What messages does your body want you to hear? When you listen to your body attentively, you feel better, perform better, and are available to connect with the world around you and the people in it in nourishing ways. Simple and sacred acts of self-awareness lead to a masterful practice of self-care that provides far-reaching benefits for you and all those you help and care for.
Reed, Heath & Nichole. “Drink, Eat, Sleep: Mastering Essential - and Sacred - Self-Care practices.” Massage and Bodywork Magazine, July/August, 2020.
Greetings to you, my dear ones. I’m sure that it is no surprise to be hearing from me in these times. I have indeed decided to give our work together a break for a few weeks.
Over the past few days I have been really grappling with this decision as I looked to colleagues and therapeutic massage professional organizations (ABMP & AMTA) for their guidance and thoughts. All along my gut has been telling me to take a break. Yesterday ABMP took a firm stand encouraging us to close our practices for 3-4 weeks and then reassess. I think that is prudent advice and believe that most of you will agree.
In the meantime I encourage you to look for other ways to stay well. When I need a massage and cannot get one, I generally look to yoga. My go-to, free websites are Do Yoga With Me (doyogawithme.com) and Yoga with Adriene (yogawithadriene.com - but her YouTube channel is the best place to search for the type of class you want), both of which offer shorter and longer classes as well as guided meditation. A little bit of frequent yoga is more effective than a long session once a week, though any is better than none!
Get good sleep.
Limit media intake.
We will work together again before long, and for some of you, this might not even disrupt your massage schedule. I’ll let you know when I open my doors again. Until then take good care of your body, mind, and spirit.
Spring greetings to you all. This is the time we have long been waiting for - longer days, warmer air, and a freedom of movement in this season of hope, possibility and renewal. This time also marks a year since my family and I returned from our stay in the Chesapeake Bay region and renewed our commitment and love for Midcoast Maine. In that time I have had opportunities to reconnect, or connect for the first time, with all of you in my massage practice.
I never forget that this path of mine is indeed a “practice.” It is a constantly evolving set of skills affected by new findings and interpretations within the scientific community as therapeutic massage becomes better understood, as well as through working with each of you as individuals. Although all of you come in pursuit of better health and healing, you each also come with a unique set of goals and specific needs in each session. You all show me and teach me about the human body every week and for that I am grateful. My greatest hope is that I am able to help you all be more at home in your bodies and continue to better understand your own mind-body connection and path to being well.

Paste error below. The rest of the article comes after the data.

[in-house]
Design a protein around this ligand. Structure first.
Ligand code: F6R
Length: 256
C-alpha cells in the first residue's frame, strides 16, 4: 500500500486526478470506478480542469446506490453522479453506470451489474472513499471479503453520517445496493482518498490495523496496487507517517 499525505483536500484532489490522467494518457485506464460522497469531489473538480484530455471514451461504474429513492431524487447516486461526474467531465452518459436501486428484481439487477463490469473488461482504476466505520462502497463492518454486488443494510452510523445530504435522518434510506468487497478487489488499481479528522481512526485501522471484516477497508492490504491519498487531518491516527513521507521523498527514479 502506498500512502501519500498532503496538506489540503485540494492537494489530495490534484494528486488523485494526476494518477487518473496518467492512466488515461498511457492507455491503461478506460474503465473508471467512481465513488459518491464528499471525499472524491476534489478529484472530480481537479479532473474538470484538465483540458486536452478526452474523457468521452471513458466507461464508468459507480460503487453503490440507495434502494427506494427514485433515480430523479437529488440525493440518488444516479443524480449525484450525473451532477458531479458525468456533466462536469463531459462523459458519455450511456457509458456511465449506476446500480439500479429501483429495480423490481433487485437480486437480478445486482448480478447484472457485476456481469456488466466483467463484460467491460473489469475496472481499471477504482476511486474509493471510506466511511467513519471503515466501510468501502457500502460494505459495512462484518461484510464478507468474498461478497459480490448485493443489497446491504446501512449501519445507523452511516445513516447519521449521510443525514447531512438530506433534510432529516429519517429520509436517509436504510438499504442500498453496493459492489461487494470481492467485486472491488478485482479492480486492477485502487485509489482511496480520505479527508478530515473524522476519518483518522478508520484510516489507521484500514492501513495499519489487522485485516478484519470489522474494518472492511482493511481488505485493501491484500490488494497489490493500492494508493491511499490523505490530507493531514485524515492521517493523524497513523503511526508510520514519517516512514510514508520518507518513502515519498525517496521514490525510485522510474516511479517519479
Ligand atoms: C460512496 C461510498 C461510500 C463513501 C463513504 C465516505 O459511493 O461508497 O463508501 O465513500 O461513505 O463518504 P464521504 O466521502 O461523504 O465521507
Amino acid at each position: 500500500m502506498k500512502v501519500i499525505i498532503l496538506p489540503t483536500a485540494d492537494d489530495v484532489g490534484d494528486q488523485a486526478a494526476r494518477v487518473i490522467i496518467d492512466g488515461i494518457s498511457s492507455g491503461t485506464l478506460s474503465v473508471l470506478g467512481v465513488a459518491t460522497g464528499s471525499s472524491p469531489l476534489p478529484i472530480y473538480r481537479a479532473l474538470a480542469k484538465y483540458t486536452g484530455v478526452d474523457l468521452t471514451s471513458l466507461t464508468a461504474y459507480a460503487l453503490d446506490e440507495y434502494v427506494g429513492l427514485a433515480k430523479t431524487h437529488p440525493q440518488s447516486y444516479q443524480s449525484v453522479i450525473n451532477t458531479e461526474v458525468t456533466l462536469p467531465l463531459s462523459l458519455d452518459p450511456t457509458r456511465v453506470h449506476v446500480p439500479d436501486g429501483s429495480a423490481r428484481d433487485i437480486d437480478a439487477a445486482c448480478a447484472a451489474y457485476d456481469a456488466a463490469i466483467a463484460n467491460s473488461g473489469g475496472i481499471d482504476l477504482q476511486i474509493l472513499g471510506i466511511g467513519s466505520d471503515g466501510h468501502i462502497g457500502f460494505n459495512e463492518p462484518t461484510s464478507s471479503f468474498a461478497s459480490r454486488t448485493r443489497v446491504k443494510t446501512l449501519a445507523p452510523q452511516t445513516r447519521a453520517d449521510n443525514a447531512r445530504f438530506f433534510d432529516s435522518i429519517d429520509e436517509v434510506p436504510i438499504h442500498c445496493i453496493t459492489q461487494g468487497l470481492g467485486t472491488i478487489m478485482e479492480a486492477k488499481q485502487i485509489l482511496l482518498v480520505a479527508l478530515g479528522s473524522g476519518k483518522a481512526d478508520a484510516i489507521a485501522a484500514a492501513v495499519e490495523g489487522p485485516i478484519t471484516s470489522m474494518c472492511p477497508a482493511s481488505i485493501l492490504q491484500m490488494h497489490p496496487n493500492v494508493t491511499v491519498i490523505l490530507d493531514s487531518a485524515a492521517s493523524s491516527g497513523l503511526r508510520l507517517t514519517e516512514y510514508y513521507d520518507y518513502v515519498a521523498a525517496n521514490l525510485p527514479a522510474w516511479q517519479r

This is (hopefully) the first of a series of newsletters that I will be sending to keep you in the loop regarding any changes to my schedule and to share any bits of inspiration I think that you might appreciate.
One of my big accomplishments this past winter was to put together a small website. Since technology isn’t my passion, this was a challenge for me to follow through with, but alas you can find out a little more about my practice at www.handsofjulie.com. I see it as a virtual business card for now, though perhaps down the line it will become more. Please check it out and share it as you see fit. Word of mouth referrals are the entirety of my practice and I always appreciate it when you pass my name along to the good folks in your circle.
Because I keep up my national massage license (NCBTMB), and because I enjoy learning, I am frequently taking classes to deepen my understanding of massage. Currently I am working with Whitney Lowe on an orthopedic shoulder massage course which has been a great review of anatomy and has brought a deeper awareness for me of the shoulder region and it’s pathologies. Perhaps I’ll tackle the neck or lumbar spine regions next...
I also will take one last moment to share with you a book that I found some months ago entitled How To Be Well by Frank Lipman, MD. This book has tons of tips for living a life of wellness in a format that allows you to leave it on your coffee table and visit it now and again. It is cheerfully designed and although it supplies what could feel like an overwhelming number of suggestions, he encourages a real life approach to making changes that last instead of overwhelm.
As we settle into this new and expansive season, be mindful of taking care of your body as you find yourself more active in your gardens, yards and nature in general. Enjoy the season!